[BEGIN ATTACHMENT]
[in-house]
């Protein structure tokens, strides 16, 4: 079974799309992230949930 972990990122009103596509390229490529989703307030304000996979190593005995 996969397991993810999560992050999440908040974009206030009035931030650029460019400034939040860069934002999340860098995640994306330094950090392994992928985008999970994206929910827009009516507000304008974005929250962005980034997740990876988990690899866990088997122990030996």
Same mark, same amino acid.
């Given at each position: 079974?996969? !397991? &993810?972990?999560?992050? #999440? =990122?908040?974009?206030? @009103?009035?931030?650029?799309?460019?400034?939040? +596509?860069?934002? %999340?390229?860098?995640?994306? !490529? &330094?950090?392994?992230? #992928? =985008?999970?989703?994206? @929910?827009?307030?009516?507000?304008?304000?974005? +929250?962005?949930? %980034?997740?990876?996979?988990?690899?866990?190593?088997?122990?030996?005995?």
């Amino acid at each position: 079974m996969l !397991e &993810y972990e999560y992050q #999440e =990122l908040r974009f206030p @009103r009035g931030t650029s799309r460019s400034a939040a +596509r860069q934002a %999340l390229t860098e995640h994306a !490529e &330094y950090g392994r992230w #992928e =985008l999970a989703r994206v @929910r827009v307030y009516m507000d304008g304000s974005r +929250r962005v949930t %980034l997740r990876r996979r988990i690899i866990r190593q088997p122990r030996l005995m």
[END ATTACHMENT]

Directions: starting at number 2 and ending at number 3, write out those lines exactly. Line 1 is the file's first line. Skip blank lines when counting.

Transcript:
């Protein structure tokens, strides 16, 4: 079974799309992230949930 972990990122009103596509390229490529989703307030304000996979190593005995 996969397991993810999560992050999440908040974009206030009035931030650029460019400034939040860069934002999340860098995640994306330094950090392994992928985008999970994206929910827009009516507000304008974005929250962005980034997740990876988990690899866990088997122990030996």
Same mark, same amino acid.